Competition Manager for the Sydney Olympic Games. This was a full-time position that I occupied for over five years and was a wonderful, if not at time frustrating and challenging, experience.
Following the Sydney Olympic Games I became the Executive Director of the Oceania Athletics Association – a position that took me back to Port Moresby on a couple of occasions. I regret to say that the Port Moresby I knew in 1968-69 no longer exists. The carefree, laidback approach of those days has been replaced by an ominous feeling of threat.
I resigned from the workforce in 2003 and now spend most of my time as a volunteer in the sport of athletics at the international level. I am a member of the Council of the International Association of Athletics Federations –
representing the Oceania Area – and I travel the world advising those involved in the organisation and staging of major international competitions. I did so as Technical Delegate for the 2004 Olympic Games in Athens and the 2008 Olympic Games in Beijing and will do so again for the 2012 Olympic Games in London (having just received my appointment).
On a personal note, I now live with my partner of 36 years, David, on the Gold Coast where we are enjoying our “golden years”. Our major interest is travelling in south-east Asia, particularly Bali, where we help support our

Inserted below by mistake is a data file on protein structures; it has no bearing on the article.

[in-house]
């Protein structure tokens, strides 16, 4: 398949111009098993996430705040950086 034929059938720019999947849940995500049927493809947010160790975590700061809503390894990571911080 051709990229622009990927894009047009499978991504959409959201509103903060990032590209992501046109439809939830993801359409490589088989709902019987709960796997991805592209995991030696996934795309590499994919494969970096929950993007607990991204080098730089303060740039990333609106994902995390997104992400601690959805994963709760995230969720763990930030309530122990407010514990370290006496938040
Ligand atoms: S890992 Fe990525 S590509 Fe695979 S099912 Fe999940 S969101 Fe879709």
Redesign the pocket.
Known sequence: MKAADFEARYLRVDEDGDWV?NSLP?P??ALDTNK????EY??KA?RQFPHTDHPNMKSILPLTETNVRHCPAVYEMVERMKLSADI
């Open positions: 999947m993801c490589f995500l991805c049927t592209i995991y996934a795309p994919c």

adopted family – Budi, his wife Onik and their two daughters, Monica and Alena. The kids call us both “Kakek‘- grandfather.
I am interested in the Local T School…at Goldie River Training Barracks..please help me with some information on how it started and who taught in that school..
Hi Bill, I spotted Bill Bailey the UK comedian tonight on TV and so thought to do some serious looking, since you just seemed to disappear after 1970, once we got our discharge from NS. I have a guilty feeling that I may still have a box of your PNG slides since then, so do please make contact via email, and maybe I could return them to you when next I come to Qld to visit my daughter and family.
I am a producer on the ABC Australian Story program, currently putting together a program on Doc Neeson. If you have any more photos of Doc as a chalkie in PNG, please get in touch.